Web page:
There has been a vivid debate on whether we humanize the animals too much or not, by associating certain "typically human feelings" with them. But scientific experiments revealed that animals too, and apes even more, experience sophisticated emotions, from joy to sadness, and communicate employing language. Still one thing seems to remain ours: spite.
A team led by Keith Jensen at the Max Planck Institute for Evolutionary Anthropology at Leipzig, Germany, made experiments
with our closest relatives, the chimpanzees, in which they placed a food-laden table in front of a caged ape. The table had attached a string the chimp could pull to collapse the table.
The chimp did not pull the string as long as it could reach the food. But when the food was placed to the opposite side of the table, the frustrated chimp pulled the string in 30% of the trials.
In a second test, the scientists placed a second chimp in a cage located at the opposite side of the table. When replacing the food on the table, the second chimp benefited from this. If the first chimp had been spiteful, it could have simply pulled the table, impeding its rival from feeding. But the chimps displayed the same level of frustration as in the previous approach, collapsing the food just in 30% of the time. Only when the second chimp tried to move the food closer to itself, by pulling a string of its own, the first chimp displayed anger, pulling the string in 50% of the time.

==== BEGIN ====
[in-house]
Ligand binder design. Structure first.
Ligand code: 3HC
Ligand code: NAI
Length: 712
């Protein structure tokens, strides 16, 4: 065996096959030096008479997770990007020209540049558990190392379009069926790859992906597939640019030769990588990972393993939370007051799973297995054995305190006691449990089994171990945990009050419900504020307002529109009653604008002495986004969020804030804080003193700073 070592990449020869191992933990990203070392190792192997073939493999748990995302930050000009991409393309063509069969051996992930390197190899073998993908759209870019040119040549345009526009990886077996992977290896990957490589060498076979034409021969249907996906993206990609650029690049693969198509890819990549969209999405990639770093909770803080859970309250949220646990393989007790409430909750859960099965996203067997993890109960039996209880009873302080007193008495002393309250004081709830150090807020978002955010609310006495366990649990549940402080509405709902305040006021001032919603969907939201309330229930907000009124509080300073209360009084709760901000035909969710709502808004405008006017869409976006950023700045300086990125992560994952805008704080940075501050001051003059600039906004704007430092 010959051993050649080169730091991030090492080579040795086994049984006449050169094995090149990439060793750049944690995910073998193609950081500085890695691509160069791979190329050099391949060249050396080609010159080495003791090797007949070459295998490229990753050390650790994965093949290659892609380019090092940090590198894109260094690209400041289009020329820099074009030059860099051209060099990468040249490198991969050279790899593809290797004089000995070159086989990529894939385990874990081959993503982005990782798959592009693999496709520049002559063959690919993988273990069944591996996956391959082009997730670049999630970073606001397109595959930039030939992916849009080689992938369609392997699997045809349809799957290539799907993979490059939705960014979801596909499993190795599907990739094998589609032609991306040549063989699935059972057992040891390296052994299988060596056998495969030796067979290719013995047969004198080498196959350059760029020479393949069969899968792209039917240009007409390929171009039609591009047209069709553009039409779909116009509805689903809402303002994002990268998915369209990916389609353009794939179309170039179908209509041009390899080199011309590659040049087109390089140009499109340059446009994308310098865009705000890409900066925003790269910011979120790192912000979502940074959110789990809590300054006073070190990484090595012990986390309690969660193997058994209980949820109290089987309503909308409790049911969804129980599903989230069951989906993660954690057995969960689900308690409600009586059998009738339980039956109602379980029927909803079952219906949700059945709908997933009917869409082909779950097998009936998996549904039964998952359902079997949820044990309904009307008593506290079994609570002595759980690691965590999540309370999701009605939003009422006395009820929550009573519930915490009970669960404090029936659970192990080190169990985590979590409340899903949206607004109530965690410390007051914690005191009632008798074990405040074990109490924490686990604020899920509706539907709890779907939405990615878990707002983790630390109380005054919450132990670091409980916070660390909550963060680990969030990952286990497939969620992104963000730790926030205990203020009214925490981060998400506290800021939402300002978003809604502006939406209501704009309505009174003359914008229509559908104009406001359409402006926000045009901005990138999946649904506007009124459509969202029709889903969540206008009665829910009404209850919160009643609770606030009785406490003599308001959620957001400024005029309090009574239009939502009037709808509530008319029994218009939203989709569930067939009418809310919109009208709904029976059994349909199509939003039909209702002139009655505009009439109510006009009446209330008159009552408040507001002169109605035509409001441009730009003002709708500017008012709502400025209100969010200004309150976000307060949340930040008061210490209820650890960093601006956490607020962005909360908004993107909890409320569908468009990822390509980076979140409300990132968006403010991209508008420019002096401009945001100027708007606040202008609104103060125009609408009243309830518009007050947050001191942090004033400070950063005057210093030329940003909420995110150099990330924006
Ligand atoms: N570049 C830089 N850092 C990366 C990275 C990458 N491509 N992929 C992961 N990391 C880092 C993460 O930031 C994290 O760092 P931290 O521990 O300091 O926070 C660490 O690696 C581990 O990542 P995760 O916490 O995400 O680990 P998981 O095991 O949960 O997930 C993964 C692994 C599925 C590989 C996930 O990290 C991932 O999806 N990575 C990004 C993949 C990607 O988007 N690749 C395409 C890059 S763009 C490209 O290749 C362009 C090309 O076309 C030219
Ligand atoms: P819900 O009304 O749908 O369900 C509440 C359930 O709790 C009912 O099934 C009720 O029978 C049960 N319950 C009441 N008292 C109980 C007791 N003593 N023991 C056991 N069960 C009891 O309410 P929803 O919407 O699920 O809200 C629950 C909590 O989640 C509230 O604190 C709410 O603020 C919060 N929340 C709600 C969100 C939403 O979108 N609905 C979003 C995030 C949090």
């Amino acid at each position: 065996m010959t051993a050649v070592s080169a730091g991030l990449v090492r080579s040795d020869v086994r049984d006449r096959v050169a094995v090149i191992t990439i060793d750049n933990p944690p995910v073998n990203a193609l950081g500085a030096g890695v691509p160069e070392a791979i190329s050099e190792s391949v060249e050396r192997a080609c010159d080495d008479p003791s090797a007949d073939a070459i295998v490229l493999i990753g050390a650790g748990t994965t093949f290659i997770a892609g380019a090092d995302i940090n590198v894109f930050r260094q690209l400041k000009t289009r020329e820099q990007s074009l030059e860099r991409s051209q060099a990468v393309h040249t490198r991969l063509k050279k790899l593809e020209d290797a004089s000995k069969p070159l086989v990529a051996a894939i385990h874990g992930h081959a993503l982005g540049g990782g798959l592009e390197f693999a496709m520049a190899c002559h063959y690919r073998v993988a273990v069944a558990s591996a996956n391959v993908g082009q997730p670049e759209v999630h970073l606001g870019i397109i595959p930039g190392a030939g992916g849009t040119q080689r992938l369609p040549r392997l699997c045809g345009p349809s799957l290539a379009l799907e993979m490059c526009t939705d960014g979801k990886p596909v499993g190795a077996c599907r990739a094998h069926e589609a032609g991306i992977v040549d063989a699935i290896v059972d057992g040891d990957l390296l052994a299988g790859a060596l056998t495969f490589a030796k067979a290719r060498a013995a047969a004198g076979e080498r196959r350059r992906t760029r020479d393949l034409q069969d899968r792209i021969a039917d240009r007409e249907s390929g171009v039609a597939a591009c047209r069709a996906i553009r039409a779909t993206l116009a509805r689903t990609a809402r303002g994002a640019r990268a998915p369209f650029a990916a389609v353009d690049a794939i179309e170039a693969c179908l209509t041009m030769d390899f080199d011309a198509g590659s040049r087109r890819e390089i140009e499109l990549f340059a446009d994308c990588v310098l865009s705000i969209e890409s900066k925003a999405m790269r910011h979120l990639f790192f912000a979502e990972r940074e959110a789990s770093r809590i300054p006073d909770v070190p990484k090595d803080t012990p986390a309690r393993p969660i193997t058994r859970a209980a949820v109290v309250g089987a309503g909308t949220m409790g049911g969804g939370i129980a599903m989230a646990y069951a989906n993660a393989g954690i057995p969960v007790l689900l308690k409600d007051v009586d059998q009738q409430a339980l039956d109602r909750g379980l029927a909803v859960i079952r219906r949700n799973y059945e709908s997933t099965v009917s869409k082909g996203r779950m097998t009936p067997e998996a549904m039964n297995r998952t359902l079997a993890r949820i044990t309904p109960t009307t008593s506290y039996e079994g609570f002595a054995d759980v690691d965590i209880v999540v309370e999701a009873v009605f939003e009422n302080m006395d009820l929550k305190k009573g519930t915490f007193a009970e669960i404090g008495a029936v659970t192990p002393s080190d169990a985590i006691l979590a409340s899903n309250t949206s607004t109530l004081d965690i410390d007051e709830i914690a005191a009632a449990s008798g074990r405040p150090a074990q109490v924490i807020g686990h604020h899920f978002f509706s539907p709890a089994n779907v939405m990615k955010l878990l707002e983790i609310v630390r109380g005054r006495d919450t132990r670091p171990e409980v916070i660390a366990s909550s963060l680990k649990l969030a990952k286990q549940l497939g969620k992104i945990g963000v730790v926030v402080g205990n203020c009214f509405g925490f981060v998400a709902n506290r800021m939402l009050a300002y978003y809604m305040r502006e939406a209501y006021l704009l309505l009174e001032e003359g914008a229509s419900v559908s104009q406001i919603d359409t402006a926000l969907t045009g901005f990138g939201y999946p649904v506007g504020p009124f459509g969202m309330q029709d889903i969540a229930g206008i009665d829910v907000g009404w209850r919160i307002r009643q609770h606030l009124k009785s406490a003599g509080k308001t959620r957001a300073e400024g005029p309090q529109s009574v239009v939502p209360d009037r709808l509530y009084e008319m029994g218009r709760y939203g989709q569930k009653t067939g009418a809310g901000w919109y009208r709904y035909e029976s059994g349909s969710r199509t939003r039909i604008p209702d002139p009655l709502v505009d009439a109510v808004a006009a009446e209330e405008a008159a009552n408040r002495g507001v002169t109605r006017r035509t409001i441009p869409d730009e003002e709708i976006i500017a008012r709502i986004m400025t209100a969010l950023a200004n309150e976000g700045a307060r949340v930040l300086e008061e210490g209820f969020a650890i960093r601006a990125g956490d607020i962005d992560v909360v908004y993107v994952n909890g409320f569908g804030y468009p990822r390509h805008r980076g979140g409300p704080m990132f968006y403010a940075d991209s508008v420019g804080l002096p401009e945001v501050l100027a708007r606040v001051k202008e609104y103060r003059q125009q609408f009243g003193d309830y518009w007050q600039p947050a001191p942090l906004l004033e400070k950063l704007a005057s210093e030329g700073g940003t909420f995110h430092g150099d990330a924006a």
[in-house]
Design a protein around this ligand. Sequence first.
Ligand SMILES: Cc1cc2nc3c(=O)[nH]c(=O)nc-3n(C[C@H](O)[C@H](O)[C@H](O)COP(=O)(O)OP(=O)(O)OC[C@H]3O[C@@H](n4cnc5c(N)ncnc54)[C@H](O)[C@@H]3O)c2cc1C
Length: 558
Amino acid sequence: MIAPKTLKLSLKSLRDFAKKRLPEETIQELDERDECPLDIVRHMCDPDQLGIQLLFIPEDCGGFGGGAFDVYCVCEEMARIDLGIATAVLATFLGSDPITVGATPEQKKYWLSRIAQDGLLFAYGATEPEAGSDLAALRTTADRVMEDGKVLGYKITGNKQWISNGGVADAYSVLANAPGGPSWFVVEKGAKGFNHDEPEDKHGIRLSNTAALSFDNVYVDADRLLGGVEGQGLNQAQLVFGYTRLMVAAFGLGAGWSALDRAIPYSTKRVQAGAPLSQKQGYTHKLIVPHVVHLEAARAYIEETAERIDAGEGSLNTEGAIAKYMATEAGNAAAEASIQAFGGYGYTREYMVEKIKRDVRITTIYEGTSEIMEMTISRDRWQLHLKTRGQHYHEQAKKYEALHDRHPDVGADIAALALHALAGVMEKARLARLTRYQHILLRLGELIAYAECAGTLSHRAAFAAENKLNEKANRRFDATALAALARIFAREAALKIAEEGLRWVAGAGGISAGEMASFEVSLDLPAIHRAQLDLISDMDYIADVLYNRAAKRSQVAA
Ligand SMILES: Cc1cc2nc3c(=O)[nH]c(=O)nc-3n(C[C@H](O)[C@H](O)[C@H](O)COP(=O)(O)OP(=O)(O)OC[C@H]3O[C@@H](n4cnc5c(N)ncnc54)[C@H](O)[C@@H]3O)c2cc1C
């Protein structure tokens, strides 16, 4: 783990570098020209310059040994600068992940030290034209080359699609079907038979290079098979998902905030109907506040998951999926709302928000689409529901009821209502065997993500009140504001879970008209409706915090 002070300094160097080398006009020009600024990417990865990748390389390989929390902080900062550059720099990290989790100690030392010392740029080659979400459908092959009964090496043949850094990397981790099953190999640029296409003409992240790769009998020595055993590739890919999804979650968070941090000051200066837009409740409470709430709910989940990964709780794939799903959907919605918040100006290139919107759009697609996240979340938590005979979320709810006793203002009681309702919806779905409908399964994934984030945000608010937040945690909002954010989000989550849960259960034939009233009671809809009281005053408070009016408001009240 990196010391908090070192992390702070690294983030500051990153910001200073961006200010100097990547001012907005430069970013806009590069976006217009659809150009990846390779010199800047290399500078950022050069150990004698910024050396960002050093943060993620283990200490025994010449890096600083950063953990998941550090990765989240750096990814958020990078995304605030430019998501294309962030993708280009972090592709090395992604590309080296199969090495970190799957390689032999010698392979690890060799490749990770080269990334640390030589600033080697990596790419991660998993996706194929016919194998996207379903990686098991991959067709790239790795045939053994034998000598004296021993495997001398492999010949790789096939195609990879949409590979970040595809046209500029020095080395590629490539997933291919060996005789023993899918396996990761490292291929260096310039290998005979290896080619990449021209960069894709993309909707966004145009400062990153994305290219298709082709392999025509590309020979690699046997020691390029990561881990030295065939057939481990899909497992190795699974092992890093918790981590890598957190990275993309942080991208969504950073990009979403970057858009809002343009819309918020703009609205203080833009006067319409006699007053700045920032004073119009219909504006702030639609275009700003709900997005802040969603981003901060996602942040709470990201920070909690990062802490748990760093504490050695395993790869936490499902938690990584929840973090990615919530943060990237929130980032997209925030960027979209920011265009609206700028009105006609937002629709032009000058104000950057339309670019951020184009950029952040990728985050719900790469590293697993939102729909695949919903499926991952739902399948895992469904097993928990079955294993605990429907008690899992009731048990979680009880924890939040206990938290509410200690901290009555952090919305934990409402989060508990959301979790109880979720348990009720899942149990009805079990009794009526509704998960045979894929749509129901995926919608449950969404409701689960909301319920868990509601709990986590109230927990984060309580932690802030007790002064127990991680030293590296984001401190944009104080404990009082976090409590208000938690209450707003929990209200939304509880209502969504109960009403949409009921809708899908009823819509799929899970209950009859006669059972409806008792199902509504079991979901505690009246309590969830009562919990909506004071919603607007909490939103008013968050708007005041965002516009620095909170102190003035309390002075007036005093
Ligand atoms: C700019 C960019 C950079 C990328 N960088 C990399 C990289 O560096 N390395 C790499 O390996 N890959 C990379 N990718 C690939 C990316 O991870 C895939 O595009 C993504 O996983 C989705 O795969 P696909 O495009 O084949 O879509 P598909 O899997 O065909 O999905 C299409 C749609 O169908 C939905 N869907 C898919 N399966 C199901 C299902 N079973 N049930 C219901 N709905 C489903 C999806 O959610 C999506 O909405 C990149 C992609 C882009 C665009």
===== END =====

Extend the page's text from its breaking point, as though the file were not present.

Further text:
"Spite is a common human reaction. Imagine you're a kid at a birthday party. The mother gives you cake, then takes it away and gives it to another kid. It's not his fault, but you'll still be annoyed with him because of his good fortune. But chimps don't care who's got the cake, just who took it from them," said Jensen.
It appears that chimps do not perceive things from another's point of view.
"And if a chimp's lack of empathy leaves it unable to feel spite, it may also fail to behave altruistically. There have been experiments that gave chimps the chance to be nice to another at no cost to themselves, but they weren't interested. They didn't have a human propensity to be nice," said behavioral ecologist Rufus Johnstone of the University of Cambridge in the UK.
"Many differences obviously remain. Humans actually care about outcomes affecting others. The good side of that is altruism. Spite is the evil twin that can't be separated from it.", Jensen said.